Program #603

NELSON RIDDLE ORCHESTRA . . . . . Route 66 Theme (opening theme) . . . . . Route 66 and Other Great TV Themes/More Hit TV Themes
THE KING OF FRANCE . . . . . Moon . . . . . The King of France
JONATHAN KING . . . . . Everyone’s Gone To The Moon . . . . . The British Invasion: History of British Rock, Vol. 7
NICK DRAKE . . . . . Pink Moon . . . . . Pink Moon
BOB DYLAN . . . . . Blue Moon . . . . . Self Portrait
ELVIS PRESLEY . . . . . Blue Moon Of Kentucky . . . . . Complete Sun Sessions
VAN MORRISON . . . . . Once In A Blue Moon . . . . . What's Wrong with This Picture?
DR. JOHN . . . . . Creole Moon . . . . . Creole Moon
M. WARD . . . . . Half Moon . . . . . End of Amnesia
NEKO CASE . . . . . I Wish I Was The Moon . . . . . Blacklisted (Original Recording Remastered)
THE MINUS 5 . . . . . Big Beat Up Moon . . . . . Killingsworth
TINDERSTICKS . . . . . Waiting For The Moon . . . . . Waiting for the Moon
CAT POWER . . . . . The Moon . . . . . The Greatest
FRANK SINATRA . . . . . Fly Me To The Moon . . . . . Nothing But The Best
THE DUKES OF STRATOSPHEAR . . . . . Bike Ride To The Moon . . . . . Chips from the Chocolate Fireball
THE SATURN FIVE . . . . . Voyage Around The Moon . . . . . That Thing You Do!: Original Motion Picture Soundtrack
LOTHAR & THE HAND PEOPLE . . . . . Space Hymn . . . . . Space Hymn/Presenting...Lothar & The Hand People
THE BYRDS . . . . . Armstrong, Aldrin And Collins . . . . . Ballad of Easy Rider
FRANK BORMAN . . . . . Sounds Of The Space Age . . . . . From Sputnik To Lunar Landing

FRANK BORMAN . . . . . Sounds Of The Space Age . . . . . From Sputnik To Lunar Landing
THE POLICE . . . . . Walking On The Moon . . . . . Vol. 2-Tighten Up
JOYA LANDIS . . . . . Moonlight Lover . . . . . Vol. 2-Tighten Up
THE BONZO DOG BAND . . . . . Tubas In The Moonlight . . . . . Cornology [3CD Set]
DUBROVKA TOMSIC . . . . . Moonlight Sonata . . . . . The Best Of Beethoven
THE ROLLING STONES . . . . . Moonlight Mile . . . . . Sticky Fingers
THE BEATLES . . . . . Mr. Moonlight . . . . . Beatles For Sale (Remastered)
HERMAN’S HERMITS . . . . . Mr. Moonshine Man . . . . . Very Best of Herman's Hermits
THE RAMONES . . . . . Howling At The Moon . . . . . Ramones Mania
CREEDENCE CLEARWATER REVIVAL . . . . . Bad Moon Rising . . . . . Chronicle, Vol. 1: The 20 Greatest Hits
TELEVISION . . . . . Marquee Moon . . . . . Marquee Moon
JENIFER JACKSON . . . . . Mercury, The Sun And Moon . . . . . Birds
FEDIRICO AUBELE . . . . . Luna y Sol . . . . . Causes 2
BRIAN ENO . . . . . An Ending (Ascent) . . . . . Another Green World

Although it wasn't originally the plan, this show ended up being completely geared to the 40th anniversary of man landing and walking on the Moon, which happened on July 20, 1969. There were simply too many good songs that incorporate the Moon in their lyrics, making it too difficult to choose only a dozen or so upon which to build a portion of the program. So we made the command decision to go for the full show, and even then I barely scratched the surface of available tunes, althouugh I was happy with the overall mix after it was complete.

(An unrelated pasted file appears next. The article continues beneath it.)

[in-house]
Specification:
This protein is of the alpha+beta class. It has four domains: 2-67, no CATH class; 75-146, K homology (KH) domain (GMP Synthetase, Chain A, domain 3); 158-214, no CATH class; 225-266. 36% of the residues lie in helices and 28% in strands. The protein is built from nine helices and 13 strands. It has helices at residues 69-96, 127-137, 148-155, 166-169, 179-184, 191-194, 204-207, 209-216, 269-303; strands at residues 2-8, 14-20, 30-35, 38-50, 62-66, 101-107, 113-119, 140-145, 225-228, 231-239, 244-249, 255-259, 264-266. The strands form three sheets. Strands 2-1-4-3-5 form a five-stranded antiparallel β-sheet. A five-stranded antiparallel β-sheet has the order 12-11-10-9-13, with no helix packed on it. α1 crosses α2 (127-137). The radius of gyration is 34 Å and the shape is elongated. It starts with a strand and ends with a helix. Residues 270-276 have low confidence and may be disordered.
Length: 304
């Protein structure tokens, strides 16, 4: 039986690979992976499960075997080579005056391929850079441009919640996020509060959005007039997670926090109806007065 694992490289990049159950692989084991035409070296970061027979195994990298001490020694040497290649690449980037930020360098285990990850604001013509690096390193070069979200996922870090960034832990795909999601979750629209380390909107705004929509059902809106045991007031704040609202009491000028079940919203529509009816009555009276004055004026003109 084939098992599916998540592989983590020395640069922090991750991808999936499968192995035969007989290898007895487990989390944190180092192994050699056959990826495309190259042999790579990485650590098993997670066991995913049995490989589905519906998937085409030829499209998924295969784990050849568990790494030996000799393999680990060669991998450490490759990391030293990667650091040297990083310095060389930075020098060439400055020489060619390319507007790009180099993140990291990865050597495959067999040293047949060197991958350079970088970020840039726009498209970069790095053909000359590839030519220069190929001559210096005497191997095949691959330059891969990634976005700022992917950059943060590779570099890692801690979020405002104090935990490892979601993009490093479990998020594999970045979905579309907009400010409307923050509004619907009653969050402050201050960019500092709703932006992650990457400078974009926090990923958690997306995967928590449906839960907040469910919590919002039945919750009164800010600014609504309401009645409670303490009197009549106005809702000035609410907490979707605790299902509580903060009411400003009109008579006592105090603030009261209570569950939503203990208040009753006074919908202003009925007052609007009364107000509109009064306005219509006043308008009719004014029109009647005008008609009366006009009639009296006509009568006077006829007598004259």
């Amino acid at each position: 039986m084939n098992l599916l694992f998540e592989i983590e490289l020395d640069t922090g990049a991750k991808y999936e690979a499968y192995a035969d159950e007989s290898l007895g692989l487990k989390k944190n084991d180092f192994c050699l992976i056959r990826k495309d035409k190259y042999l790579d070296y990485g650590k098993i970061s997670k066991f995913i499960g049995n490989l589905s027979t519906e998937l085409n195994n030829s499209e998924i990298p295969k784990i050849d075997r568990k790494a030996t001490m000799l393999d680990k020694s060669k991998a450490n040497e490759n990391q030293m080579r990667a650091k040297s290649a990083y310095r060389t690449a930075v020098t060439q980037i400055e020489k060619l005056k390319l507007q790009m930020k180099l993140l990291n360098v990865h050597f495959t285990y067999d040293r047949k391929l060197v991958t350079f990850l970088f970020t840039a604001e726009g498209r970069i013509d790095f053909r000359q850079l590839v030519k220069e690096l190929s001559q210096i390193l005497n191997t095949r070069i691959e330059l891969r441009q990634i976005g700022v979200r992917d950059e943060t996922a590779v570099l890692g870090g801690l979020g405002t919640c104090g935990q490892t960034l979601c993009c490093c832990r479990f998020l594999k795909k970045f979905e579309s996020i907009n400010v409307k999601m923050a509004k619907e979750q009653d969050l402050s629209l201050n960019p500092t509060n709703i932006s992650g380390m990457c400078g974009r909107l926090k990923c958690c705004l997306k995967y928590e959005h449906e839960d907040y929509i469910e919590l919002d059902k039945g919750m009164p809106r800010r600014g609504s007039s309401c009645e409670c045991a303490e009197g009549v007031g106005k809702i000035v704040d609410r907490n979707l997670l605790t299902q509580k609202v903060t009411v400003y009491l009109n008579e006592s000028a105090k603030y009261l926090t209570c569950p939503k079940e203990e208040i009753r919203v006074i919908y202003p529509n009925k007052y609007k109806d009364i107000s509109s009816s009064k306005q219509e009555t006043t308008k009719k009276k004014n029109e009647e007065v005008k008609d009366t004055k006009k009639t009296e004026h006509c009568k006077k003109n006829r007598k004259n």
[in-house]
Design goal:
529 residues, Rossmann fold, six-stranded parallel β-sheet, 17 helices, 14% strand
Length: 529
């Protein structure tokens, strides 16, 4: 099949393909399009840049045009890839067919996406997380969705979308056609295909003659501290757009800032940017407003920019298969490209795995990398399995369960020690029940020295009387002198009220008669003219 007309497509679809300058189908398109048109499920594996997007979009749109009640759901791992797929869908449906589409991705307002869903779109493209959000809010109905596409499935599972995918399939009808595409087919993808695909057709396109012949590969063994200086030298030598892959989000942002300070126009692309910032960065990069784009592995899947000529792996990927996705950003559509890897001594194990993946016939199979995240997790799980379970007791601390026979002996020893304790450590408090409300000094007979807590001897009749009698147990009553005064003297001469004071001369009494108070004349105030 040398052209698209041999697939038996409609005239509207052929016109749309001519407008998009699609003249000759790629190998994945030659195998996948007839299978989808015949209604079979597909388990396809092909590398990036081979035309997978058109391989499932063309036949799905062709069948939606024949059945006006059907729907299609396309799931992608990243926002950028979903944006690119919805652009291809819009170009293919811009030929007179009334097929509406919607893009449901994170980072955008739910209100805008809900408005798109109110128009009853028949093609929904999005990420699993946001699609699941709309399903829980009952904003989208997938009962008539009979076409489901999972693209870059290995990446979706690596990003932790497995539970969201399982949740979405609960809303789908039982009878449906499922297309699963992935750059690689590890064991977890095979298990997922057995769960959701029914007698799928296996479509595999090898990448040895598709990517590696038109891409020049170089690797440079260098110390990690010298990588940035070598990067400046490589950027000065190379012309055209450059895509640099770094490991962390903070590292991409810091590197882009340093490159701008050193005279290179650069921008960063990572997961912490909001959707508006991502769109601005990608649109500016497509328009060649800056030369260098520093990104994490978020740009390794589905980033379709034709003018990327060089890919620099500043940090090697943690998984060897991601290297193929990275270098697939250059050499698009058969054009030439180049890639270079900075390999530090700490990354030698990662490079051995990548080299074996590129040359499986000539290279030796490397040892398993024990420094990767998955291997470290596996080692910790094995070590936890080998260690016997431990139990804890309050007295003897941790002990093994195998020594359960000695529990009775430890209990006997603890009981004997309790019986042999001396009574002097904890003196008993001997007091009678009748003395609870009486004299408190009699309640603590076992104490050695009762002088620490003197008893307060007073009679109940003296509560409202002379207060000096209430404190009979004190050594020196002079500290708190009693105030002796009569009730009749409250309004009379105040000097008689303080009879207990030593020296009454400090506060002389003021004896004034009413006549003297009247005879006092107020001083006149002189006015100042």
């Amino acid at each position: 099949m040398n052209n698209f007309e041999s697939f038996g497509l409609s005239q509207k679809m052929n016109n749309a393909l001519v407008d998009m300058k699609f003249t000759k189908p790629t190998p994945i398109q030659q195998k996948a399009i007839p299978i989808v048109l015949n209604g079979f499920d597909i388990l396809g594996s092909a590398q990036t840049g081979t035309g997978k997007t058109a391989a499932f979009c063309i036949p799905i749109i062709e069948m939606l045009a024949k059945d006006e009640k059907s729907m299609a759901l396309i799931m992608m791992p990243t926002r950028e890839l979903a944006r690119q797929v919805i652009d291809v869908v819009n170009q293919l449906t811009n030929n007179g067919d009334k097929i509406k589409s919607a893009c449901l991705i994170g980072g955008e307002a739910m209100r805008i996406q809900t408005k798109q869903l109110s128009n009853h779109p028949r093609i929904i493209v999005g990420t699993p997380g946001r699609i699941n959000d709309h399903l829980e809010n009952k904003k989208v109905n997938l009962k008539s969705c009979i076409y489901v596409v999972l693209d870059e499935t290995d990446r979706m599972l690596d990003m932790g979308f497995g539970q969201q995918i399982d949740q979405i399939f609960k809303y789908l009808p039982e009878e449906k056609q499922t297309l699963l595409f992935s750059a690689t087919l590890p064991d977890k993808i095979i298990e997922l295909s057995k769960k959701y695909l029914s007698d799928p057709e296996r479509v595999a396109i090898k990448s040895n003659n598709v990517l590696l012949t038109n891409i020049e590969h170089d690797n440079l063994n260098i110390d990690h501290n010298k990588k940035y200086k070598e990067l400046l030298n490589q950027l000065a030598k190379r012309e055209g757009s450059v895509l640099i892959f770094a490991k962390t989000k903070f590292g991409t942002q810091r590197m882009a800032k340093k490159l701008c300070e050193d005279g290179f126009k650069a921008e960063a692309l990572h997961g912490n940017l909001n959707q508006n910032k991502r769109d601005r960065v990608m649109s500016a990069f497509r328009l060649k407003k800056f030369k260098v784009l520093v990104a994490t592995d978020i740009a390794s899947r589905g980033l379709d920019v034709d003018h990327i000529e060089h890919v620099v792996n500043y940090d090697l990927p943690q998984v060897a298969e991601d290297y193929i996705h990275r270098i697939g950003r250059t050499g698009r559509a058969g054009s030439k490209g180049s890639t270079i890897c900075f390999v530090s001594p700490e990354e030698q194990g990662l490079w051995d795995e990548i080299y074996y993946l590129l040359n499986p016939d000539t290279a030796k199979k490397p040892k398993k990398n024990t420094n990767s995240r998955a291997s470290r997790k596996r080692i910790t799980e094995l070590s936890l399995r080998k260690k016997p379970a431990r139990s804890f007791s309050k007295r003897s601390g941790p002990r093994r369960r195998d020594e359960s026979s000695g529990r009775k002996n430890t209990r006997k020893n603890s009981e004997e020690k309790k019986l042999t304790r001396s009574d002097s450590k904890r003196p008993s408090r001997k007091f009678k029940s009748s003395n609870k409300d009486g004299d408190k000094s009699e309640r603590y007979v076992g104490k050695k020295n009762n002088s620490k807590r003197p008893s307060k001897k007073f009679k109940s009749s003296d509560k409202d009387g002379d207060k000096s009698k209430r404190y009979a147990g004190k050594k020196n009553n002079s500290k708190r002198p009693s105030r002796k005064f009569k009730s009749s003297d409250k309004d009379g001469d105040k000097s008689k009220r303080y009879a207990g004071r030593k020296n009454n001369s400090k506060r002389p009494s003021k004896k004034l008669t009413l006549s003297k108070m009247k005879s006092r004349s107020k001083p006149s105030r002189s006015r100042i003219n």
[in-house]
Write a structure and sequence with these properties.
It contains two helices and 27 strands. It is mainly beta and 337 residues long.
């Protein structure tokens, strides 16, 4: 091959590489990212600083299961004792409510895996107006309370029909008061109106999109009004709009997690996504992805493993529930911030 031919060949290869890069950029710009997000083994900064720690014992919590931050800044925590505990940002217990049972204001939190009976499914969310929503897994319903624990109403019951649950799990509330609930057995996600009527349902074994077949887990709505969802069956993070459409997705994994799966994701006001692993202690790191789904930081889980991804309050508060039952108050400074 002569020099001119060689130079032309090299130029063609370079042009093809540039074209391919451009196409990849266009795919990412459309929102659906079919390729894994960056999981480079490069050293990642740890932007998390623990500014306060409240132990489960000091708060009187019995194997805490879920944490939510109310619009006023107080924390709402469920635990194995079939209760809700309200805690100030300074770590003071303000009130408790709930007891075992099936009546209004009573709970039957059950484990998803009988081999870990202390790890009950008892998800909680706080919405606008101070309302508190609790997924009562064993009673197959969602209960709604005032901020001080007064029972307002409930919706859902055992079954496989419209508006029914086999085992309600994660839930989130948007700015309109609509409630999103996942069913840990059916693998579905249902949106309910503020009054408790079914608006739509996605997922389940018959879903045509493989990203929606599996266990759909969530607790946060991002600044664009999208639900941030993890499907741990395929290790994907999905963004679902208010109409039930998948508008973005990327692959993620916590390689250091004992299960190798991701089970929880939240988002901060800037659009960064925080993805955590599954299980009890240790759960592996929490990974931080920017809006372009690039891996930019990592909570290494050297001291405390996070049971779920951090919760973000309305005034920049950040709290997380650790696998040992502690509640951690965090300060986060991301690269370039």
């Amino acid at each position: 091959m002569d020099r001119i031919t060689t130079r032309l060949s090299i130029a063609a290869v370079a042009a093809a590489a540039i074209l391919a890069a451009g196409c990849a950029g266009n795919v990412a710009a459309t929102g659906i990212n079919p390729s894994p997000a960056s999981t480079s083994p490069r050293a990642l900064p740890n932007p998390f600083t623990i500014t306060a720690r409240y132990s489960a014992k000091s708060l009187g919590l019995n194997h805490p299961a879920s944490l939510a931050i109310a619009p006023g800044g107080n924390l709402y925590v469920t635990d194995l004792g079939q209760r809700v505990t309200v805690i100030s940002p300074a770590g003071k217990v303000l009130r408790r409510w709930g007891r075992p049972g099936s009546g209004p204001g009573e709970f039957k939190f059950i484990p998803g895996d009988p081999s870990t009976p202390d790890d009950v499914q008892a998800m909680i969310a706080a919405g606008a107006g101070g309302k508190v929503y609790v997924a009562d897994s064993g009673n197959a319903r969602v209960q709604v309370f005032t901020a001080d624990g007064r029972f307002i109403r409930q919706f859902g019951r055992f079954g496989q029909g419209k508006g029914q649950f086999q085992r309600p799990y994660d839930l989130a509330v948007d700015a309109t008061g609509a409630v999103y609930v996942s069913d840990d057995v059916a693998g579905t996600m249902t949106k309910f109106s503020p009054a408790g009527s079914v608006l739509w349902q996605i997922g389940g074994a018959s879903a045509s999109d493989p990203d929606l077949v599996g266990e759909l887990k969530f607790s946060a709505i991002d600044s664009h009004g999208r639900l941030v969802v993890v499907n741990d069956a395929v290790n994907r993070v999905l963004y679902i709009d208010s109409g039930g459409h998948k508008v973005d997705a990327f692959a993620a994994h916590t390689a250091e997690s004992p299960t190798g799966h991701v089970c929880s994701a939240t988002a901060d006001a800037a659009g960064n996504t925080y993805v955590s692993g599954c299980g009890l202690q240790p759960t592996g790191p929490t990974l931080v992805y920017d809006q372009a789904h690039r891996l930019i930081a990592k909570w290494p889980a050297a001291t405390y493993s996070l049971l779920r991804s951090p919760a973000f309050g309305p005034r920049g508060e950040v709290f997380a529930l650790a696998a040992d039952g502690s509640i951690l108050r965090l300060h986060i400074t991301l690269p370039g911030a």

It also gave me an opportunity to pull out a flexidisc that came in my December 1969 copy of National Geographic. On it Frank Borman—who was the commander on Apollo 8, the first mission that sent men to the Moon in December of 1968—narrates the story of the Space Age, starting with the launch of Sputnik in 1957 and ending with Neil Armstrong and Buzz Aldrin walking on the Moon. Neither an especially comprehensive nor the most riveting history of this time period, I still enjoyed throwing it in there as something that was both more than a little out of the ordinary and timely. As a freeform station LDR has the freedom to do something like that, not to mention using one of the major accomplishments of the 20th century as inspirationfor an entire program. That's what keeps it fun and interesting for me, and I hope it works in the same fashion for you as well.

Here's Neil Armstrong first setting foot on the Moon


Program #602

NELSON RIDDLE ORCHESTRA . . . . . Route 66 Theme (opening theme) . . . . . Route 66 and Other Great TV Themes/More Hit TV Themes
THE SPECIALS . . . . . International Jet Set . . . . . More Specials
THE POSTMARKS . . . . . Go Jetsetter . . . . .
BLONDIE . . . . . Sunday Girl . . . . . Parallel Lines
BERTRAND BURGALAT . . . . . Ma Rencontre . . . . . The Sssound of Mmmusic
ANTONIO CARLOS JOBIM AND ELIS REGINA . . . . . Aguas de Marco (Waters Of March) . . . . . The Girl From Ipanema: The Antonio Carlos Jobim Songbook
LORENZO JOVANOTTI . . . . . Piove . . . . . The Sopranos - Peppers and Eggs: Music From The HBO Series
KRAFTWERK . . . . . Trans Europe Express . . . . . Trans-Europe Express

ARCTIC MONKEYS . . . . . Crying Lightning . . . . . Crying Lightning
CREAM . . . . . Tales Of Brave Ulysses) . . . . . Disraeli Gears
SUPERGRASS . . . . . Diamond Hoo Ha Man . . . . . Diamond Hoo Ha
ALICE COOPER . . . . . Under My Wheels . . . . . Killer
THE NEW YORK DOLLS . . . . . ’Cause I Sez So . . . . . 'Cause I Sez So
JARVIS COCKER . . . . . Angela . . . . . Further Complications
THE DEATHRAY DAVIES . . . . . A Calendar Crime . . . . . The Kick and the Snare